When she met with Norman Godwin, associate provost for academic effectiveness, Prochaska said her plan was to print out all the signatures on the petition, the point of which was to highlight the students who were out of town. This would show how many students do not have all of the resources that the campus provides as some might be taking classes during the semester from their hometowns.
However, Prochaska said that when she went to go print the signatures, it would have cost $70, so she decided to just highlight the out-of-town signatures on her laptop instead. Prochaska said more than half of the signatures were signed by people in areas other than Auburn.
She explained that many students were not able to come to campus and have an in-person meeting with a professor, and that they are not able to get the one-to-one teaching style.
She also said that when there are any in-person teaching moments, masks cause a lot of distractions when it comes to seeing people face-to-face.
At an Auburn University Senate meeting on Tuesday, Oct. 20, Provost Bill Hardgrave announced that the University did not intend to extend the satisfactory/unsatisfactory grading options to students this fall.
Hardgrave said this decision was reached after considering four factors: midterm grades, the extension of the deadline to drop classes, problems caused by the pass/fail grading system and how many students would actually use it.
According to the provost, midterm grades — specifically in core classes — have mostly been either average or higher this semester.
“We looked at the midterm grades, as we always do, in our core courses in particular,” Hardgrave said. “The percentage of A’s is higher than in the previous five fall semesters.”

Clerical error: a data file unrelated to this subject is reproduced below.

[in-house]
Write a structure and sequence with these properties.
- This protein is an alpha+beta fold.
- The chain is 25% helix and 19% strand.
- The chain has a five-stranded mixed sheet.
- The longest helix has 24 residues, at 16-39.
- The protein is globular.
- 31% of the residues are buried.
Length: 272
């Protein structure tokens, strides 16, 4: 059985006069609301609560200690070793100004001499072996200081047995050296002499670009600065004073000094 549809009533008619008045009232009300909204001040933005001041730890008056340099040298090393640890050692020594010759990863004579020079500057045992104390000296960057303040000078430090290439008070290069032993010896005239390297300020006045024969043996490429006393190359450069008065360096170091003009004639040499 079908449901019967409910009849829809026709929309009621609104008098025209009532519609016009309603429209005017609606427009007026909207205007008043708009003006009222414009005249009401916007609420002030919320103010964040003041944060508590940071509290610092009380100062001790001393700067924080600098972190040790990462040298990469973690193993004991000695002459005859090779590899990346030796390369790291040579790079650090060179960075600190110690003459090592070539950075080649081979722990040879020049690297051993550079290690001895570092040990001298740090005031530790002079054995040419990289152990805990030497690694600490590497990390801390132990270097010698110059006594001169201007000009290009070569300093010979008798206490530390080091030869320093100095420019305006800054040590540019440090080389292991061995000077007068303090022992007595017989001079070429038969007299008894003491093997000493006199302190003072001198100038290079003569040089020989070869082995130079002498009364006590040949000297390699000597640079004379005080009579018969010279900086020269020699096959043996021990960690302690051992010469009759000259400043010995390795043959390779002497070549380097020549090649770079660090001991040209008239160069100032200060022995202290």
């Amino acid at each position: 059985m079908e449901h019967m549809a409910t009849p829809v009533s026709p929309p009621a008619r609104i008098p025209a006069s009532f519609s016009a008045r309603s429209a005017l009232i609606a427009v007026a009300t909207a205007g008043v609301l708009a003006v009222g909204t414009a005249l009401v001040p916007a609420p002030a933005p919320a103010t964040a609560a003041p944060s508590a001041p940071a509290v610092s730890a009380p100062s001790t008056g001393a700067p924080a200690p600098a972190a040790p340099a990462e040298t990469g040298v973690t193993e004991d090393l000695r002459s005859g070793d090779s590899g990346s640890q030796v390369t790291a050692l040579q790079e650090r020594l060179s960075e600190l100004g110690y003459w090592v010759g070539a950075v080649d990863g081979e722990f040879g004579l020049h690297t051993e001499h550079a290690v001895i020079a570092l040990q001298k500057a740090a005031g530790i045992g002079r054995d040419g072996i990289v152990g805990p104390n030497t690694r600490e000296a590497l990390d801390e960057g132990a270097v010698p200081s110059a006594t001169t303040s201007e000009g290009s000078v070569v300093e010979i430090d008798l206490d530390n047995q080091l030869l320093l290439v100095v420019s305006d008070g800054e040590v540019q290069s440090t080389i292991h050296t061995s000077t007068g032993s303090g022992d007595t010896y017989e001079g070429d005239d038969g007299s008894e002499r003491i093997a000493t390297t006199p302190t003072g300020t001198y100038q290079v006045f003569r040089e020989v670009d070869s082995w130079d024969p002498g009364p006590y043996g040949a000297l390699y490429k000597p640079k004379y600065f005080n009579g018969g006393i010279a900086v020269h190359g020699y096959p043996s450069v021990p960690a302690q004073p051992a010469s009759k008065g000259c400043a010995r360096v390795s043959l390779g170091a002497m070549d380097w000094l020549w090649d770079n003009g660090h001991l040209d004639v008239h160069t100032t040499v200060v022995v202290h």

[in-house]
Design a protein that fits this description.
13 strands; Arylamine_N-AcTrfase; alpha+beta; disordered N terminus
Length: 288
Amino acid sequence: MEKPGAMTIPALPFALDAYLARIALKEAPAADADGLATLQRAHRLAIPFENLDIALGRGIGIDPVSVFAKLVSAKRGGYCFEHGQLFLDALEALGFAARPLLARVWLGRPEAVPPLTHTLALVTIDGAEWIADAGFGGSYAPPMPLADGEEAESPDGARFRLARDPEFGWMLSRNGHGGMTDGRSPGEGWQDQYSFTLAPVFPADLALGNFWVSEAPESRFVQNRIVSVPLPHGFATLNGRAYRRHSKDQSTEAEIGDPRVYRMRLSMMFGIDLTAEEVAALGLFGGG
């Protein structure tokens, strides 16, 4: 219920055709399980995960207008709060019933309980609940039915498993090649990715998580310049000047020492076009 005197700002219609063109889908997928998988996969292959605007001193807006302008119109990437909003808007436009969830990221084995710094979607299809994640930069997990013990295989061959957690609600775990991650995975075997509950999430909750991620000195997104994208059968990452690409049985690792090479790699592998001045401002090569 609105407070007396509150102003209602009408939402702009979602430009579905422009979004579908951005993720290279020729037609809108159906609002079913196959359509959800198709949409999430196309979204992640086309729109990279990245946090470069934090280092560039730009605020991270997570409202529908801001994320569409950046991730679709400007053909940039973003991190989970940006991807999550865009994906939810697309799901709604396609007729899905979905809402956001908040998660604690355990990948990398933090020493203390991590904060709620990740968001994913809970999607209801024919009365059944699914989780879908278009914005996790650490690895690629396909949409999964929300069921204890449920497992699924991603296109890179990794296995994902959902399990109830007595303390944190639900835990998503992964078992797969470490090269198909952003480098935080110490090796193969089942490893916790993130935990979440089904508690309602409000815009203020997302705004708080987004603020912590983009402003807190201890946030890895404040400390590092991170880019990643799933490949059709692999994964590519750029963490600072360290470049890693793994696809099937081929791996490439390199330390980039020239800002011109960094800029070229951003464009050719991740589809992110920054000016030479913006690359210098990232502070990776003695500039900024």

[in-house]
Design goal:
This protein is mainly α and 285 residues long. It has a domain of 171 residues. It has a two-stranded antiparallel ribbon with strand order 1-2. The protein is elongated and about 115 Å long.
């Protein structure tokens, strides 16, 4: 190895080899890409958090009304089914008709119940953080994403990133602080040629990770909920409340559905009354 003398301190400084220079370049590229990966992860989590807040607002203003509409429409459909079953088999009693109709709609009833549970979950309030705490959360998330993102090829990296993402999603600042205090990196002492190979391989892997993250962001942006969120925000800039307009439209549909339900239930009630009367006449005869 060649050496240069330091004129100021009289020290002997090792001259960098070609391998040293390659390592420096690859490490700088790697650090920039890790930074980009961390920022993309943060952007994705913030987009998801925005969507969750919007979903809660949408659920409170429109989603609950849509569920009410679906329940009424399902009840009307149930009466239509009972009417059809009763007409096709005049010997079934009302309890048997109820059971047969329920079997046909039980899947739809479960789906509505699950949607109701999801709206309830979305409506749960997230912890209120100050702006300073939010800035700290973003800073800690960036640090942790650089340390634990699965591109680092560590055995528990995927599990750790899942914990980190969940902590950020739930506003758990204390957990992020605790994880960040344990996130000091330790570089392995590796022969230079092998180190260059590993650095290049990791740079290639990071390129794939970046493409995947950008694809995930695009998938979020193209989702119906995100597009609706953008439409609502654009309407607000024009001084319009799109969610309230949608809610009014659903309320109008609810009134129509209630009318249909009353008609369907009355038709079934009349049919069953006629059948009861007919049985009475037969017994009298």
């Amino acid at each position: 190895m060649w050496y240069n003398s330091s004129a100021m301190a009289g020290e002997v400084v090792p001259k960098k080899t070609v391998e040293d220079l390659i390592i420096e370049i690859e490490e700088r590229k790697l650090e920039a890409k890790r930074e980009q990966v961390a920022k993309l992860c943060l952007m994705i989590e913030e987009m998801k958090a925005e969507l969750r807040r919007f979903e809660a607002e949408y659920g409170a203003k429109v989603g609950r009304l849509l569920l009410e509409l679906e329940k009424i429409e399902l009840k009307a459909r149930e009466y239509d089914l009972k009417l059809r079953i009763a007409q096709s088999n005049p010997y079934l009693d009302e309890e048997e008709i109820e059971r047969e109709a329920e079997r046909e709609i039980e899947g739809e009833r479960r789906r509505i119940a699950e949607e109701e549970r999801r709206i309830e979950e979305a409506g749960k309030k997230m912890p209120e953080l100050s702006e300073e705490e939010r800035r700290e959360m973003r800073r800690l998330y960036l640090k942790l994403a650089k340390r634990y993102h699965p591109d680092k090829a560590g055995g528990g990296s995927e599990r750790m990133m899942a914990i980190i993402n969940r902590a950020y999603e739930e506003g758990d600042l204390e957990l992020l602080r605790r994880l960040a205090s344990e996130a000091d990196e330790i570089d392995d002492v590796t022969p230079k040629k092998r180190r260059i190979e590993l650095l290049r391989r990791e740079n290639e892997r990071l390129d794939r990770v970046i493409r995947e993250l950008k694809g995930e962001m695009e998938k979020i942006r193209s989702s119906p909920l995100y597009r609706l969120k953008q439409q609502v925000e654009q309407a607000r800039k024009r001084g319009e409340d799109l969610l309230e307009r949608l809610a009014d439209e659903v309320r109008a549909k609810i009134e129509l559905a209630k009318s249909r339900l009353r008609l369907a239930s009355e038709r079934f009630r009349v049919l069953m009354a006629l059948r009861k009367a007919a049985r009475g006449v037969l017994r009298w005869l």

Hardgrave added that the percentage of F’s have remained roughly the same, but D’s and C’s have gone down.
“Overall, grades look good relative to previous semesters,” he said.
The second reason that Hardgrave said the University wouldn’t offer a pass/fail option was because the University had already extended the date for students to drop a class.
Usually, the last day to drop a class without a grade penalty is early in the semester, but this fall it was extended to Nov. 24, the last day of classes this semester before exams begin after Thanksgiving.
Students who drop a class on that day will still receive a “W” on their transcript and will not receive credit for the course; however, their GPA will not be impacted.
Hardgrave said the third reason why the University won’t offer a pass/fail option is the potential complications that could arise for students who choose this option.
“Some courses serve as a gateway to other courses,” he said. “[And] you can run into issues when applying to graduate school if you have a pass/fail on your transcript.”
The final reason that Hardgrave talked about was how few students utilized the pass/fail option when it was offered last spring.
“So when you consider all that, we are, at this point, not going to consider pass/fail for the fall. It just doesn’t seem like something that’s needed given the grades and the issues that it causes,” he said.
Do you like this story? The Plainsman doesn't accept money from tuition or student fees, and we don't charge a subscription fee. But you can donate to support The Plainsman.Support The Plainsman